The Dangers of Texting While Writing

So, the kids are outside, "raking leaves"... hang on...

Oh! Julie spit seeds out of her back door last summer and a watermelon grew from it! I wonder if they were watermelon seeds. Come to think of it, she never really said in her text, just now. What if they were yellow spaghetti squash seeds and yet a watermelon came from it. That would be something else, wouldn't it be.

Hang on...let me text her back...


Yep. Watermelon seeds. That's kind of boring. I was hoping for something less so, some sort of viral watermelon and squash hybrid that, once eaten, tears the body apart inside, creating a zombie-like creature that goes for feet only, leaving your brain intact. In that world, zombies would crawl around on their knees, giving free research material to orthopedic surgeons testing out the strongest human knees.

But I was saying...the kids "raking leaves".

After getting out their bikes, playing around with rakes, seeing who could twirl one the most times in a circle above their heads, they discovered my bright shiny....hang on....

Hahahaha!!! Kara just told me good morning. It's the afternoon. Obviously, she had a bit too much melatonin in her green drink before she hit the sack last night. Doesn't much matter, being that she owns her own music studio, lessons starting in the late afternoon anyway. But now I can't ask her to come and help my kids rake....hang on...

My son is chasing the kids with the electric blower....had to tell him to stop.

Oh right, I was going to tell you....hang on.... they had been using the blower for over ten minutes and now they want to know where the ear protection is? Interesting. I think that's how young people live their lives these days. Heck, that's how I live my life, these days - total spontaneity, only revisiting my course of action if I end up with a missing leg.

Now back to the red shiny thing. 

A few years ago, I bought a blower from Home Depot. I bought it on my....hang on....

Ah Sarah....the lovely Sarah. Apparently her mail is going to her neighbor and he opened it up, discovering her subscription to Ebony. It didn't take long to reveal that he was a raving racist. He's telling her that he'll be adding another lock to his doors and bars to his windows.

That'll be nice. Keeps him inside and away from the rest of us.

Hang on...a kid tripped and fell and shoved the blower up the dog's behind. I have to go stop this howling.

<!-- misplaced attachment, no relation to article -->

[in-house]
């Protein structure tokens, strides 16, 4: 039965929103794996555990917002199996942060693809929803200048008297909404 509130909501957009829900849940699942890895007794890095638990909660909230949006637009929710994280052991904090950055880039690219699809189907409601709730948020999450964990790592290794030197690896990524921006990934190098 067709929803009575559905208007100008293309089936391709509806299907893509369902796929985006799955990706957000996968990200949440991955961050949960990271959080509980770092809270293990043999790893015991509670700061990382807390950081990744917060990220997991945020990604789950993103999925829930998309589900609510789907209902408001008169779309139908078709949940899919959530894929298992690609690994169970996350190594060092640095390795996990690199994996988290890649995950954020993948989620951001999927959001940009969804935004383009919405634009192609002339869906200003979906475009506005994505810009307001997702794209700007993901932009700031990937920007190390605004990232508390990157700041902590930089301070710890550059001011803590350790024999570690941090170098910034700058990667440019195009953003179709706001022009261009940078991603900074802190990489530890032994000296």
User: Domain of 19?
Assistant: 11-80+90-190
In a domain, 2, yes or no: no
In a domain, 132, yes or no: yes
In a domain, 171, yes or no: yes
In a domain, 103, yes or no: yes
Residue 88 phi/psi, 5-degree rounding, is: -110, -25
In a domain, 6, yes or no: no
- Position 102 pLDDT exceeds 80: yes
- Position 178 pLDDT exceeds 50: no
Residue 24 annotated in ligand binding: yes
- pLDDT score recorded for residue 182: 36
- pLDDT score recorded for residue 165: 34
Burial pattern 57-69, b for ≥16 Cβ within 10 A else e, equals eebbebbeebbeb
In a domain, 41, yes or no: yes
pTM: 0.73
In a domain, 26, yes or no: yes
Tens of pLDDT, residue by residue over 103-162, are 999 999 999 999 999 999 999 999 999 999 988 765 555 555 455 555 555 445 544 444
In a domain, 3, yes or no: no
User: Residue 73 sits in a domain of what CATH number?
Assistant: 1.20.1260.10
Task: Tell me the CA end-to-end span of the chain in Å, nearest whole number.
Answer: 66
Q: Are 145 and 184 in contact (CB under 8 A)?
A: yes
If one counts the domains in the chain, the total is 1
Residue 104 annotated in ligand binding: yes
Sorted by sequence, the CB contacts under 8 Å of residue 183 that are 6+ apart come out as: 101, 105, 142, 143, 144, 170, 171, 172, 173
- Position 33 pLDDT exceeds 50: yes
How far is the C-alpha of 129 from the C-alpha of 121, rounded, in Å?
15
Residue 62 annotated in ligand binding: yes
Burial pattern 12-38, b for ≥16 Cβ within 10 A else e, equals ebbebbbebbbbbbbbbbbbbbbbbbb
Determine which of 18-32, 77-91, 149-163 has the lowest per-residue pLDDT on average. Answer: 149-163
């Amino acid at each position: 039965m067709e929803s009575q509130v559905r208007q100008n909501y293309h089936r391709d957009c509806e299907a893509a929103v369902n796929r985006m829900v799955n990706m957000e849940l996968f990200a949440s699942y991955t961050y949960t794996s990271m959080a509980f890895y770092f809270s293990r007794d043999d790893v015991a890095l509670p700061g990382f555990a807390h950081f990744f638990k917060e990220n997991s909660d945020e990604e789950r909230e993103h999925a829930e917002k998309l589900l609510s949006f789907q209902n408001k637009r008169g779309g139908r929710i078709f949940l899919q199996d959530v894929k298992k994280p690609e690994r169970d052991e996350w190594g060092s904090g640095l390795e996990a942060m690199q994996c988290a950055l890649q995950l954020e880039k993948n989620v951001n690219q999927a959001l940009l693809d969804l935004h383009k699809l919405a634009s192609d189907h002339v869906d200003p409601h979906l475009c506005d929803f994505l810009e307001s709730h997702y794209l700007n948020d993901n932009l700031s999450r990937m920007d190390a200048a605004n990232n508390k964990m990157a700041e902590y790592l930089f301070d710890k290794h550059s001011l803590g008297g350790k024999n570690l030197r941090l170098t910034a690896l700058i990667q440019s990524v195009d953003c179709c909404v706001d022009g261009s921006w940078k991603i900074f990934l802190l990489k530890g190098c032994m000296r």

Talk to you later?

Sunday, October 18, 2015

The Mostly Naked Man on the Leather Chair

There he sat, in his leather chair, staring out the window, leaning back timidly, allowing his bare back to touch the coldness, popping forward with a slight gasp, then squishing it all the way back, mumbling about heat transfer and science crap he didn't understand.

He smelled of fresh deodorant and some bergamot spiced cologne he splashed on after every shower, one of which he had just finished as the sun went down.

His legs were bare as well, the only clothing, a pair of red, pink, gray, black, and white plaid boxer shorts, worn loosely. The blinds were open. The night youngish. 

Every few minutes, someone on the street would walk a dog past his second floor window. A few looked up and saw the mostly naked man and quickly looked away. Others would allow their gaze to wander back, drawn in by his confidence and whiskered face, a dreamy gaze on his face, waiting for the moon to rise above the trees.

He had no idea what to write.

But the street wanderers didn't know that. Sure, they saw the laptop open on the desk, the screen lighting up the reflective lenses in his glasses. But they saw an old man, 35 years old to be exact, sitting, relaxed, happy, maybe even bored with the melancholy of the neighborhood.

A few would try and spice up his life by saying something smart and funny to their dogs, then, embarrassed at the realization that his windows were closed, try and act a bit quirky, hoping to bring a smile to his face.

But he did not smile.

He didn't even notice them. They were as ships, passing in the night, their dogs, a quiet wake, disappearing before upsetting the smooth floating of the world.

Then, he stood up, closed the laptop, walked to his bed, laid down on top of the blankets, and fell asleep.

Writing would happen another time.